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« Waiting for the light | Main | Always ready »

The Biggest Filter

Often, I when I am teaching a workshop and ask why people are attending, someone will say “I take pictures, but I don’t seem to get in an image what I had in my mind at the time I did the shoot.”

This person is not alone in their lament. The reality is that the brain does an amazing job of filtering what we see, and thus what we end up with may not match the vision we had when we were attracted to a situation. True, there are other things that influence the image you end up with, such as cropping, angle of view, and choice of lens, just to mention a few.
But one of the biggest factors is how our brain edits the external and forces it into the box our desires have created for the fulfillment of our photographic ideals, whatever they may be.

I’m amazed at how often I drive by a location, and see a wonderful opportunity, only to return and find out there were power lines disrupting the clean lines of a building. Or a fire hydrant marring the simple lines of a street scene.

In this situation, I was driving on a one way street that had three lanes of traffic, and I was in the far left lane. I noticed a building on the right side of the street that had several fruit trees in bloom, and the contrast of the pink flowers against the rust colored exterior wall was striking. I decided I would return the next day when I could make some time to spend shooting.

On my return, I parked my car on a side street, turned the corner and walked alongside the scene I was so enamored with. To my dismay, there were stakes holding the trees in place, so I could not shoot from the top to the bottom of the tree. There was even a utility box next to one of the trees.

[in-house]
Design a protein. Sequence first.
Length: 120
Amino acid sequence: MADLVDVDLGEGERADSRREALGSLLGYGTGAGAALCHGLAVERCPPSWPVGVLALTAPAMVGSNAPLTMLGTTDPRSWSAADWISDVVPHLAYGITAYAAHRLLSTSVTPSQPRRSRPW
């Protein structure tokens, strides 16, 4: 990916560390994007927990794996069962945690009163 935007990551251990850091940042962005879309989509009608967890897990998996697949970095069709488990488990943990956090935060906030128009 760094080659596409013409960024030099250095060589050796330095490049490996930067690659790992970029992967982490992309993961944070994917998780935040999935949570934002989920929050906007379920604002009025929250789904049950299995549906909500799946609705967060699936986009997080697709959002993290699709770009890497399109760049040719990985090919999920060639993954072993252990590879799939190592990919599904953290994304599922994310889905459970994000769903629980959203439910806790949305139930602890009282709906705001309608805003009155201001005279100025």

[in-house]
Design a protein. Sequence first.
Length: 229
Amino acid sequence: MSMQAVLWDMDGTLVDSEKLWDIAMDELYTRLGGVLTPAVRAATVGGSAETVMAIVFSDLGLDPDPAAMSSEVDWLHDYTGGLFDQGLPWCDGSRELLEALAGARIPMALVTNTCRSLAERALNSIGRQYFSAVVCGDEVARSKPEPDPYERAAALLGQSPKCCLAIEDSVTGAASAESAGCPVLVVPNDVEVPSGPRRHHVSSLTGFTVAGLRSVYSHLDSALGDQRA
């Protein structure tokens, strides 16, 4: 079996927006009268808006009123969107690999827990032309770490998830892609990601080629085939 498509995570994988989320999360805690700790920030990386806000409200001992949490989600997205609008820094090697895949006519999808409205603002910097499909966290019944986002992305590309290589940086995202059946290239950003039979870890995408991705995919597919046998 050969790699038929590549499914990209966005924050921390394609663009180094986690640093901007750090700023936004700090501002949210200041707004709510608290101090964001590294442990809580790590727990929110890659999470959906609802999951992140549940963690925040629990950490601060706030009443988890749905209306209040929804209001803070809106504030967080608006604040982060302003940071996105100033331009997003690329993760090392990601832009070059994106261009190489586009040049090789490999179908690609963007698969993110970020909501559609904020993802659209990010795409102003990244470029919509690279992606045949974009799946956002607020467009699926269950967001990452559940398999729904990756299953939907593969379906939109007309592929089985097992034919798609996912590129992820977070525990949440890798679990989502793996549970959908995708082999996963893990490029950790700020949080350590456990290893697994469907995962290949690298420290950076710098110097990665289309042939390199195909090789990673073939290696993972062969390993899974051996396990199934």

This is the point at which I remind myself of the big brain filter I carry around with me, and laugh at myself. And it is also the time where I think about what it was that brought me to this place to photograph in the first place, and see if I can synthesize that into a different image that still made the same point.

True, it would have been lovely to get a whole tree framed by the rust colored wall, but how else could I frame the image to give that contrast of pink and purple, light and shadow? I started with a wide angle lens, and looked at including a number of branches and a bevy of blooms. As I continued, I moved to a telephoto lens and kept reducing the picture to the essence of color and tonal contrast. Here are some of the results.

Are they better or worse than the symmetrical composition of a full tree framed by the building I saw in my mind? I’ll leave that for the viewer to decide. But the exercise in examining the core reasons for wanting to shoot the image allowed me to get around the big brain filter and get the essence of the image I had in my mind. And that's the lesson I want to share.

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  • Response
    This whole blog is written about this picture in which biggest filter is shown. These flowers are looking very beautiful and there are some pictures are taken from close view which is amazing and inspiring. I hope readers will love them because of their attractive color.

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